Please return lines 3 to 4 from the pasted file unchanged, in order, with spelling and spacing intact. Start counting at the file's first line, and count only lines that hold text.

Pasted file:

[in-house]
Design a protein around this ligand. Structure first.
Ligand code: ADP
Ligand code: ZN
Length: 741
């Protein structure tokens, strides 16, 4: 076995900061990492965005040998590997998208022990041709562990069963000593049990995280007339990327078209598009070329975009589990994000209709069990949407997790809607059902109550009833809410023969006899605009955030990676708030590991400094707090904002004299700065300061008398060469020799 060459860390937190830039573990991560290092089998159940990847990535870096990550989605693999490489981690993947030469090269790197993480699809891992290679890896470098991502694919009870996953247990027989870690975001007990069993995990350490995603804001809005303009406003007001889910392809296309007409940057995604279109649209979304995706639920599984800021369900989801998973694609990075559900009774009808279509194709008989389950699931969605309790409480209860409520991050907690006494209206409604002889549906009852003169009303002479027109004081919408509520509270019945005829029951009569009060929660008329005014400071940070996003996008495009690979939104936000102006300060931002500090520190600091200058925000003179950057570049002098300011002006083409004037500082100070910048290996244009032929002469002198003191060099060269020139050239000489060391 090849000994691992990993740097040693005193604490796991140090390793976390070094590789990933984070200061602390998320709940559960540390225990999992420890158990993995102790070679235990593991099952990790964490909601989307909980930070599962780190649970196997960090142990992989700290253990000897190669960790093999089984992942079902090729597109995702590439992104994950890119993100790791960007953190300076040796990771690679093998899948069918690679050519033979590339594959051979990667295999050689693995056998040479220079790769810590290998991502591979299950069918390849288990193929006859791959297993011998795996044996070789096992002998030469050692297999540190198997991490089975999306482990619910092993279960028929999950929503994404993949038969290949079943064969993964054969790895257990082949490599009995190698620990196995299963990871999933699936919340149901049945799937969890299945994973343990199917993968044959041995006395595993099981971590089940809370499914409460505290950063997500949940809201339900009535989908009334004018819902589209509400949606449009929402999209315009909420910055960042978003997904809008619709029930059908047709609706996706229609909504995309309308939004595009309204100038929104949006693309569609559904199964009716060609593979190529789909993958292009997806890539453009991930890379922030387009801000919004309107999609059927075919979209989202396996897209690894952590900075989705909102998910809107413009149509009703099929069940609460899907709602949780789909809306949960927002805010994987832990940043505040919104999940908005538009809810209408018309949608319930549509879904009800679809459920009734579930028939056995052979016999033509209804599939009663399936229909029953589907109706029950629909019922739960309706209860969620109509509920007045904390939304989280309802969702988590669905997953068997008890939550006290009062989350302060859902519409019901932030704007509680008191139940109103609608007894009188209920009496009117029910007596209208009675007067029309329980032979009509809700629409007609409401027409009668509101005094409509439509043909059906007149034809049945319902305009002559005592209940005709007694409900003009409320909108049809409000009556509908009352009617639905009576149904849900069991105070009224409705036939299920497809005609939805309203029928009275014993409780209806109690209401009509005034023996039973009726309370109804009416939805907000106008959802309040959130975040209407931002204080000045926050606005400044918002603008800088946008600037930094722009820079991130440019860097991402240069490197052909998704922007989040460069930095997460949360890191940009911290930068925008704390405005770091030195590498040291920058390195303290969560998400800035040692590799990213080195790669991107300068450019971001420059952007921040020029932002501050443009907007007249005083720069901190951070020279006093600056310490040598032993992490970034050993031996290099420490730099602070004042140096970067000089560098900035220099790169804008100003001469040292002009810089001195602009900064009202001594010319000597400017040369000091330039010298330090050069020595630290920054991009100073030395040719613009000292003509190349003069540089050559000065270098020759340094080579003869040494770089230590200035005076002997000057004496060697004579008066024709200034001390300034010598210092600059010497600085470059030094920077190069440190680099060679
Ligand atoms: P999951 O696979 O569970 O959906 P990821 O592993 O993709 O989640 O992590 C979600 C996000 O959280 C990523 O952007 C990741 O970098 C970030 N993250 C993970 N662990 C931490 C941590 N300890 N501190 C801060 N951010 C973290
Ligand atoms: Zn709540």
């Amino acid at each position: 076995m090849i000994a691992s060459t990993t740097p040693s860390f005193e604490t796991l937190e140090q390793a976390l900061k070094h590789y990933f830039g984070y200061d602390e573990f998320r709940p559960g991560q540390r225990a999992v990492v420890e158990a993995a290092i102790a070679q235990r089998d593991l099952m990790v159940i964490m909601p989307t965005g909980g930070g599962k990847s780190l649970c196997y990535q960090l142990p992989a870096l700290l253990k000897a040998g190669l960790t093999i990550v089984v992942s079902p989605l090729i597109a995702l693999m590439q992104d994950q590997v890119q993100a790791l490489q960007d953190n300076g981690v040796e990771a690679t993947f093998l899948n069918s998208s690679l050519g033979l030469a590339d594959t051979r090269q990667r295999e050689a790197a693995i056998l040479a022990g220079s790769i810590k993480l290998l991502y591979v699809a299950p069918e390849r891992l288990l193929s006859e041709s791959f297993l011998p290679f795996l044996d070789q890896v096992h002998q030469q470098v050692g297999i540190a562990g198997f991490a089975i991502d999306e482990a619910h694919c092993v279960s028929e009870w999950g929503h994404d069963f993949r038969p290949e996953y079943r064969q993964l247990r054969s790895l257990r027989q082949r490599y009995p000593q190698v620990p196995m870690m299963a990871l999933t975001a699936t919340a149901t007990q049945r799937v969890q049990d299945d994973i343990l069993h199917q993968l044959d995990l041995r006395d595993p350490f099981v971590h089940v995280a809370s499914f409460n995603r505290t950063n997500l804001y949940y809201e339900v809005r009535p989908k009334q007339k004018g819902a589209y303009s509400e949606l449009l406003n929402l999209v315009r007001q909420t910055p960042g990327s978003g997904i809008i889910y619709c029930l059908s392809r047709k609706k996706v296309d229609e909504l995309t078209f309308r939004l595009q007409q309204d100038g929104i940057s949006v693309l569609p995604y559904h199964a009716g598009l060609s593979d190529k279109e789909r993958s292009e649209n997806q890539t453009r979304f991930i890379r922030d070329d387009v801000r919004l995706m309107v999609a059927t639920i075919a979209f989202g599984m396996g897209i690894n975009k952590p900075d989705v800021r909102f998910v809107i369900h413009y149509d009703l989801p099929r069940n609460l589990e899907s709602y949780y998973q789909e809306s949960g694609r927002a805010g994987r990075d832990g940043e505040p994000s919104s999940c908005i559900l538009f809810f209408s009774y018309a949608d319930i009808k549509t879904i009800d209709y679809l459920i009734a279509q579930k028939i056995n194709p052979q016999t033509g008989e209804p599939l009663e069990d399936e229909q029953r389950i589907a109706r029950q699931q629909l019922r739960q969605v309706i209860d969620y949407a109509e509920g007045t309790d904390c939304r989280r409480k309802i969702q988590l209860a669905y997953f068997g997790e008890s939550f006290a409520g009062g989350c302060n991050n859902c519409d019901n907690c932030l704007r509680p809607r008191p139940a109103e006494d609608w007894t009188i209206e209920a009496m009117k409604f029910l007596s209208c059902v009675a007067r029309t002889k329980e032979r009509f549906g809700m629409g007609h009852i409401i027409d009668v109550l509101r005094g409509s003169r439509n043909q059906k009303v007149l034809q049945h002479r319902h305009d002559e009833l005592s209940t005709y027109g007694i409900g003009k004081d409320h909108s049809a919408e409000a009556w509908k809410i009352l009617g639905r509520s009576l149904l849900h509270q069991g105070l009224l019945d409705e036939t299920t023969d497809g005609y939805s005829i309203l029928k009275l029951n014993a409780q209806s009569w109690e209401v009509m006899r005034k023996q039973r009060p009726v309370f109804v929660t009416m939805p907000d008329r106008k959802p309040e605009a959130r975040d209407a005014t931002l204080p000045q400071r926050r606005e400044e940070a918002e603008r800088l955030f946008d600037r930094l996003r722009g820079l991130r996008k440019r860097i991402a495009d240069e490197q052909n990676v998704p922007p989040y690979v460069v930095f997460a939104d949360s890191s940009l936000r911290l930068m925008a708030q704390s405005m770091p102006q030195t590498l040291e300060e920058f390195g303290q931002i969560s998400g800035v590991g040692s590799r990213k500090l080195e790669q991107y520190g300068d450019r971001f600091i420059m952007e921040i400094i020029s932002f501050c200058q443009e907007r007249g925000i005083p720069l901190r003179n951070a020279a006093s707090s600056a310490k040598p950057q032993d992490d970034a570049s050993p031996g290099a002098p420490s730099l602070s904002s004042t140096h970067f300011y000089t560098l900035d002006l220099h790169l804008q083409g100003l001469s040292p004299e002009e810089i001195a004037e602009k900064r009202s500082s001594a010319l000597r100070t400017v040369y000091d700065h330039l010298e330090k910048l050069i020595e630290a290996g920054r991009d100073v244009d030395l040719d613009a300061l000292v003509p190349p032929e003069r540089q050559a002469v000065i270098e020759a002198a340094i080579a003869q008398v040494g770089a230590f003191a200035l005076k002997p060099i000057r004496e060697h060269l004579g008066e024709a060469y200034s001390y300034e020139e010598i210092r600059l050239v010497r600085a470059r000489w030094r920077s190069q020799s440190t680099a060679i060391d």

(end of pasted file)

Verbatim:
Ligand code: ADP
Ligand code: ZN